Nobody can ignore it in today's society -- people who claim that they are fighting God's battles, and prove that they aren't by their own actions.
That's the central message of "Just Another Judgement Day," the ninth volume of Simon R. Green's Nightside series. And despite its flip title, this is one of the more philosophical and serious trips into the dark side of London -- lots of meditations on people who commit atrocities in God's name. And, fortunately, lots of vintage Nightside weirdness too.
First, John and Suzie are asked by the foppish Percy D'arcy to find out why his friends aren't aging. When they explore an elite clinic, they find a ghastly "Dorian Grey"-style setup run by a notorious mad genius -- Dr. Frankenstein.
Then the main story: Nature abhors a vacuum, and so does the Nightside -- with the Authorities dead, a new ruling gang has been chosen. And unexpectedly, Walker wishes John Taylor to meet the new Authorities (most of whom don't like him), especially since the Walking Man -- "the wrath of God in the world of men" -- is coming to the Nightside. He is invincible, unstoppable, merciless and immune to sorcery and science alike.
And they want John to stop him somehow. Nice easy job, huh? Unfortunately John's talent is no use as the Walking Man cuts a bloody swathe through the Nightside, the Street of the Gods, and the decidedly guilty individuals there. John and the monster-killing Chandra set out to find the only ghastly weapon capable of stopping the Walking Man -- but even that may not be enough to save them.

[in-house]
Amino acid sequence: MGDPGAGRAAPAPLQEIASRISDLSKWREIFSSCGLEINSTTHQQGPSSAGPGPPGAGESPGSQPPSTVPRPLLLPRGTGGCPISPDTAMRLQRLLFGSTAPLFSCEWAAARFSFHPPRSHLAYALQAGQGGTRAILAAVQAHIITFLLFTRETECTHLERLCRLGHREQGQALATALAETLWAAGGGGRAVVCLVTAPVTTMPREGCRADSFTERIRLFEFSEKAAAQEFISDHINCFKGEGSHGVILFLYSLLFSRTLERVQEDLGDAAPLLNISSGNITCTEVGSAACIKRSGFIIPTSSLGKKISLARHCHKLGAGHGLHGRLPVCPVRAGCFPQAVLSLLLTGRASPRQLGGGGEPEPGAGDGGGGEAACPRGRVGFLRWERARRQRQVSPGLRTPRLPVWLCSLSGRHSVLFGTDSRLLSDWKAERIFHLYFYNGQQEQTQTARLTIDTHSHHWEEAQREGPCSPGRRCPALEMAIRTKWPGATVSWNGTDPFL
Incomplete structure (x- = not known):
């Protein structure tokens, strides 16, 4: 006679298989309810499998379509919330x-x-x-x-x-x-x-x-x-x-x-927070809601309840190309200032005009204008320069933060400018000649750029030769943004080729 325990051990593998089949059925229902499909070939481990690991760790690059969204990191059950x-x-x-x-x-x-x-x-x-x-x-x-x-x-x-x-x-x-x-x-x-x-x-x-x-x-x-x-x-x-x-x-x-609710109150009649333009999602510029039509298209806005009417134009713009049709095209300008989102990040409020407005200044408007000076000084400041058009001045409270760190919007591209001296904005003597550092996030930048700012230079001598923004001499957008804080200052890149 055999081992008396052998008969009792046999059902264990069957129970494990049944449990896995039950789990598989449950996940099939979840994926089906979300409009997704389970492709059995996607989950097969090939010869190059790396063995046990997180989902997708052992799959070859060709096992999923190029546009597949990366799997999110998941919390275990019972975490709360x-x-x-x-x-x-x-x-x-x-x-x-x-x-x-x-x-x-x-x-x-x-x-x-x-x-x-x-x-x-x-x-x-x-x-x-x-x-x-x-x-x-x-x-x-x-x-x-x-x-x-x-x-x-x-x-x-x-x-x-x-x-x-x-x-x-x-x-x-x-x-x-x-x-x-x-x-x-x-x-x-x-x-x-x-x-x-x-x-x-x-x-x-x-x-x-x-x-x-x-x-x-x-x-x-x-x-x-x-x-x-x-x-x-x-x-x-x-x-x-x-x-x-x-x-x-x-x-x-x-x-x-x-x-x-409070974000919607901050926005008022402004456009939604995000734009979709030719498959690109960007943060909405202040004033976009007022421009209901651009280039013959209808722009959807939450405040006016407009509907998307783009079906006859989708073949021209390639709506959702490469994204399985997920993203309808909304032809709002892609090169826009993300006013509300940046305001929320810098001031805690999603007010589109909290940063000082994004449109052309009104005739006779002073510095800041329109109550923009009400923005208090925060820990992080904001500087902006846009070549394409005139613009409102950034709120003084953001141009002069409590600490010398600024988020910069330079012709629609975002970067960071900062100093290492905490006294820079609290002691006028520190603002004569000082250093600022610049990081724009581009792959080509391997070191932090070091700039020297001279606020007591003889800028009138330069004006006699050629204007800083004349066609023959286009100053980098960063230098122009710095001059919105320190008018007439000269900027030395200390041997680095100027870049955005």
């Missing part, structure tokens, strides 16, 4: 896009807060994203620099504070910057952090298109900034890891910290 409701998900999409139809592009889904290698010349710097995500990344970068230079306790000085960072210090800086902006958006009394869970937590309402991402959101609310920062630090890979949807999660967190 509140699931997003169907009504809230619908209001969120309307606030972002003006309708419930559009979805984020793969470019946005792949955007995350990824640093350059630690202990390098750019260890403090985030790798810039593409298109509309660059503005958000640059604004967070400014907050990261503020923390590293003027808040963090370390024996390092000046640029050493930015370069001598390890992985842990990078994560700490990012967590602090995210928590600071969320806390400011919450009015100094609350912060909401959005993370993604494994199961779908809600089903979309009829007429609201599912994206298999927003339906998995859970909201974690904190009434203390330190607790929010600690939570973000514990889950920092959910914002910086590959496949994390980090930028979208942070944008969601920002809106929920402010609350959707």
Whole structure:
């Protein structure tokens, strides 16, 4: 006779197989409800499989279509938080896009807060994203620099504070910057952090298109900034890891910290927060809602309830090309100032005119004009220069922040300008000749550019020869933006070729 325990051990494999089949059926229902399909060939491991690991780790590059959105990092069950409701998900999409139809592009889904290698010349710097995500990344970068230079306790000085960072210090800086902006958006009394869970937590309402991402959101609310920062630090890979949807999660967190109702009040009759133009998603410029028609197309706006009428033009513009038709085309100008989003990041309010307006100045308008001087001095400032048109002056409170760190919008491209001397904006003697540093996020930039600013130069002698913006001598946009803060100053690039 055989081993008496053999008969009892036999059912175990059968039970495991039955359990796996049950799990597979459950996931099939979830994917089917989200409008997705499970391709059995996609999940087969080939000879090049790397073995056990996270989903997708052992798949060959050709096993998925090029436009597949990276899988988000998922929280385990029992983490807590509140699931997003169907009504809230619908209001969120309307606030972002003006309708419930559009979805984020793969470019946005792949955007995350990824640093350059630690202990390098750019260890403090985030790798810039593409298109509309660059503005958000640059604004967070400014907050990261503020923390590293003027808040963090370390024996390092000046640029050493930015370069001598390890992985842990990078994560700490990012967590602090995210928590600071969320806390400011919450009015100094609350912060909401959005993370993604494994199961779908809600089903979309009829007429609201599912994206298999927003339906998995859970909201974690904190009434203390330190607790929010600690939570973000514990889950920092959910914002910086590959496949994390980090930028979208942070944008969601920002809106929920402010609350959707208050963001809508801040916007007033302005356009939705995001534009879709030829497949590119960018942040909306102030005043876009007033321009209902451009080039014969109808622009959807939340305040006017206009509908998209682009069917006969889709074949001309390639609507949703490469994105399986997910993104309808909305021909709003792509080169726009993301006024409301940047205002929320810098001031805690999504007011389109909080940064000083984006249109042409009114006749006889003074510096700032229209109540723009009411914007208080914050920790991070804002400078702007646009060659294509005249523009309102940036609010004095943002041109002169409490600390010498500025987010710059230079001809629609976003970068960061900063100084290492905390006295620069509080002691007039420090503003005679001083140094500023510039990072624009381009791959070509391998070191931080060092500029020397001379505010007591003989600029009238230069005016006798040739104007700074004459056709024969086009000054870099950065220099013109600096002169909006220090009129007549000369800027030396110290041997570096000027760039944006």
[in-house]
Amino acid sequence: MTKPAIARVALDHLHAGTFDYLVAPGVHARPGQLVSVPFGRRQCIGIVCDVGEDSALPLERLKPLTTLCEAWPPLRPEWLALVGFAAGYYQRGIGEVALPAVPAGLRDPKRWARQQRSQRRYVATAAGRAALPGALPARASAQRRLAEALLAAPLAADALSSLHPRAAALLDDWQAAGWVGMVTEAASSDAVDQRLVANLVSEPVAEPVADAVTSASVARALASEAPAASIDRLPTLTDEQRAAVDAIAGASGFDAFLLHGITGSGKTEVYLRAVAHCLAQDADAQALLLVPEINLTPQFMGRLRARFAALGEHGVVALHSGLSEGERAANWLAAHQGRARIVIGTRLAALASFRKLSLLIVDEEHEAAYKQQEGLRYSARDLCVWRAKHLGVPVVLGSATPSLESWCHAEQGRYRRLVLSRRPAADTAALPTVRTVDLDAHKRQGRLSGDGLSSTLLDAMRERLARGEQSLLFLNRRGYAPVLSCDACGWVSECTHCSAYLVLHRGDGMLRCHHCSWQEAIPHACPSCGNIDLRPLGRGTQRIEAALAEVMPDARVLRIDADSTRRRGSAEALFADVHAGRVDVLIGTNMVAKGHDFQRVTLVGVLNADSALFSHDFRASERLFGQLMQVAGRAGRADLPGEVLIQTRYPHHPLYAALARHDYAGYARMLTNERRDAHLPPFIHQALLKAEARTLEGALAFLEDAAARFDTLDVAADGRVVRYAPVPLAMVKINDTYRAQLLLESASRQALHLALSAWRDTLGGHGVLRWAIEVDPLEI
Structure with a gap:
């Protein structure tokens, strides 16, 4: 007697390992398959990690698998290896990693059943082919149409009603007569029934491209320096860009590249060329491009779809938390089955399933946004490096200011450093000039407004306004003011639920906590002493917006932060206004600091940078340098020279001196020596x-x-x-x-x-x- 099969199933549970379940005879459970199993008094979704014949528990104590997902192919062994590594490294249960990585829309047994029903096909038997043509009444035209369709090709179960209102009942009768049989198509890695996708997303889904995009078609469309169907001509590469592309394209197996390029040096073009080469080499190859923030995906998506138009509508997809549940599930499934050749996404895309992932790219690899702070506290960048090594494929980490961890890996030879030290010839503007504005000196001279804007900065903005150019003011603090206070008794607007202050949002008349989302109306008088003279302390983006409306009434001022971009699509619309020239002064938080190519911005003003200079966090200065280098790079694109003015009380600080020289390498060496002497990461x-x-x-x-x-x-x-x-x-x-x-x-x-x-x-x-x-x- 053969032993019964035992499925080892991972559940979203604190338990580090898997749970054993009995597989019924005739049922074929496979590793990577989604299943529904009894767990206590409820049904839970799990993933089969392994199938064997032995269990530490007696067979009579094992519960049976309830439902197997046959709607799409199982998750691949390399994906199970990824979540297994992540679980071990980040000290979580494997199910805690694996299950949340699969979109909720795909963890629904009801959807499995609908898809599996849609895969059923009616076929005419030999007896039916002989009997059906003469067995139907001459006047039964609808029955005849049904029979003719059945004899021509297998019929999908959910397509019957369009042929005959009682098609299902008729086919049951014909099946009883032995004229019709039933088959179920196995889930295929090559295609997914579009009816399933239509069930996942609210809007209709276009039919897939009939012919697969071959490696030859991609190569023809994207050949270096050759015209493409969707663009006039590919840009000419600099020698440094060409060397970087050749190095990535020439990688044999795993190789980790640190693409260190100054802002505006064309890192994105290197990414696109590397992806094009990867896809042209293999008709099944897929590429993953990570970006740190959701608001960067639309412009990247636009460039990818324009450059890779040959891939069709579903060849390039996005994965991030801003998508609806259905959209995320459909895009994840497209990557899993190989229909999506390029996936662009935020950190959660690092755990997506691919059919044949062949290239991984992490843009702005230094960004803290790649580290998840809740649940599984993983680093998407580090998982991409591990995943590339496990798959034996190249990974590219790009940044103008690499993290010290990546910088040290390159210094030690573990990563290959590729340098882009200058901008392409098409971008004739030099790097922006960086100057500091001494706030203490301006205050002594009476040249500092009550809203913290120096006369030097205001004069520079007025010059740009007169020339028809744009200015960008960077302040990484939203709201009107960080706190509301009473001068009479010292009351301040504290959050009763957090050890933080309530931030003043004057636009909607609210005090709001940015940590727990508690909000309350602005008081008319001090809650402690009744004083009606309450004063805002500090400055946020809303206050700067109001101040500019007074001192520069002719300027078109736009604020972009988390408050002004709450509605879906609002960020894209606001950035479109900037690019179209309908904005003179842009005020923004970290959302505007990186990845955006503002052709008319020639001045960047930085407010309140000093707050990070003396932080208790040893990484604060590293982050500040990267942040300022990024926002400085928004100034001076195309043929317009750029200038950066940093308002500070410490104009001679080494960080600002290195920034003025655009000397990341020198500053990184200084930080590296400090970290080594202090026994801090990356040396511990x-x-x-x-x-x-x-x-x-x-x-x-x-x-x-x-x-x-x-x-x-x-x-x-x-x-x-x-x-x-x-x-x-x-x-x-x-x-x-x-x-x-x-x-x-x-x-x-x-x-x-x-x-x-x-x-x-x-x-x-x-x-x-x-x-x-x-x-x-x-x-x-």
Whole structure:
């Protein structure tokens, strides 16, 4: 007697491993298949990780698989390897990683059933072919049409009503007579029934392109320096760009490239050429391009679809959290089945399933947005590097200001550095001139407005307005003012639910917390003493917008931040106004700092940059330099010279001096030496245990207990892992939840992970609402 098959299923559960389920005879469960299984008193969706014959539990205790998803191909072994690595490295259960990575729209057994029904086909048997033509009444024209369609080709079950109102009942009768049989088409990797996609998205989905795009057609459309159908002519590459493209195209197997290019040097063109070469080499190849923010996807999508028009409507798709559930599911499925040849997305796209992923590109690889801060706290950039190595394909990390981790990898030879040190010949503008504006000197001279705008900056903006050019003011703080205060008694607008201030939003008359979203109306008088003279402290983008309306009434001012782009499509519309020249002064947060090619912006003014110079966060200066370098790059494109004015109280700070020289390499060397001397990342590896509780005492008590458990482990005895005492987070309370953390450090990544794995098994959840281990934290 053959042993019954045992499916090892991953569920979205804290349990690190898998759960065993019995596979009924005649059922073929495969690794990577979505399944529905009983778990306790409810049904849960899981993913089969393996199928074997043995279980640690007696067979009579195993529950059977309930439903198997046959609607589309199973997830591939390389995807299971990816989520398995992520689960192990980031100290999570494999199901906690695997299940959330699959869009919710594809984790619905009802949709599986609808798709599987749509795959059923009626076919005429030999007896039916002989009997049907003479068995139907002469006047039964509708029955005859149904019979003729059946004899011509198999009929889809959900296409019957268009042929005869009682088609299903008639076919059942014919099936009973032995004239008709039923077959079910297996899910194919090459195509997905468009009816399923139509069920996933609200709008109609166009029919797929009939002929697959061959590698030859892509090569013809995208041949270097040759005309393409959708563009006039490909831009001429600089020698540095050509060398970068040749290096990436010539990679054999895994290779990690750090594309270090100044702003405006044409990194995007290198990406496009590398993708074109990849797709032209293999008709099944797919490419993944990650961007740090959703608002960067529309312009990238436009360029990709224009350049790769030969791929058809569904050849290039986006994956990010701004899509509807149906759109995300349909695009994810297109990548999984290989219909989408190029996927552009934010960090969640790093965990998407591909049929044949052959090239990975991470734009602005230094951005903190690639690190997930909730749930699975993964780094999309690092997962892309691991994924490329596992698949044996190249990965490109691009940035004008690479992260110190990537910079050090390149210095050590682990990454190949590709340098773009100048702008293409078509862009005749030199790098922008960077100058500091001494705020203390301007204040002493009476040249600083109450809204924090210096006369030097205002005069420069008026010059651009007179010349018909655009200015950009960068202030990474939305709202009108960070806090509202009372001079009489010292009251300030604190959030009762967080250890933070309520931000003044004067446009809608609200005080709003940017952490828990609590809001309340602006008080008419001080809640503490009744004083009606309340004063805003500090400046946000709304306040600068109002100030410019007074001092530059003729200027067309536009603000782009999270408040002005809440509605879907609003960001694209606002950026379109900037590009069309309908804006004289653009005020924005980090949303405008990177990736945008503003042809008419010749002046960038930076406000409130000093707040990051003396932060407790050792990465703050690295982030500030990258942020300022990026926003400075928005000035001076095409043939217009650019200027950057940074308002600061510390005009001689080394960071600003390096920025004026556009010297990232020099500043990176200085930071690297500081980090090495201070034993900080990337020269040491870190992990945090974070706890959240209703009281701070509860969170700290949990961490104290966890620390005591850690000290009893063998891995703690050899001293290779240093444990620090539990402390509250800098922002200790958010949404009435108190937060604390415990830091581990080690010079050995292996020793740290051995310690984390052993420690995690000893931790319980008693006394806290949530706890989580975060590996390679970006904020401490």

"Just Another Judgement Day" has Simon R. Green's typical cocktail of Nightside insanity -- Druid terrorists, sex-reversed extradimensional copies of John and Susie, the Lovecraftian Church of the Unspeakable Abomination, and zombie detectives. It even has some cameos by familiar faces such as Razor Eddie, Jessica Sorrow, Walker, and the lovable Julian Advent.
But despite this weirdness, Green is unusually serious in this book -- there's less witty banter and more focus on the difference between God's will and those who use it as a justification for murder. About halfway through, Green's writing explodes into a spray of death, gunshots, pitched battles and the occasional deflated squid-monster deity. Not to mention the Speaking Gun (yes, again), which is as gross and malignant as ever.
Fortunately about halfway through Green realizes that this is getting a bit too grim, so he inserts some mildly gross comedy in the form of a traffic tunnel that eats cars ("I used my gift to find its gag reflex") and some fun religious pamphlets ("Join the Church of the Undecided. Or don't. See if we care. We're only printing these things as a tax dodge").
But fortunately things don't get too light, and Green keeps a steady hand on Taylor's quest against the Walking Man and Chandra's crisis of faith ("Few of them were in any way worthy of the God they claimed to worship"). And he manages to pull an intriguing turnabout in the penultimate chapter, when John unearths the one way to stop the Walking Man.
And this is a pretty deep book for Taylor, whose own beliefs have been a bit nebulous but who is clearly against random supernatural-vigilantism, which makes him a good foil for the quirky, morally upright Chandra ("I have to get a new agent") who develops a very personal spiritual reason to fight the Walking Man. Walker demonstrates his more human side with his fondness for Taylor, and "black leather Valkyrie" Susie makes some progress on her post-rape phobias.
"Just Another Judgement Day" is one of Simon R Green's less humorous urban fantasies, but it touches well on a timeless topic. And it has Lovecraftian monsters as well.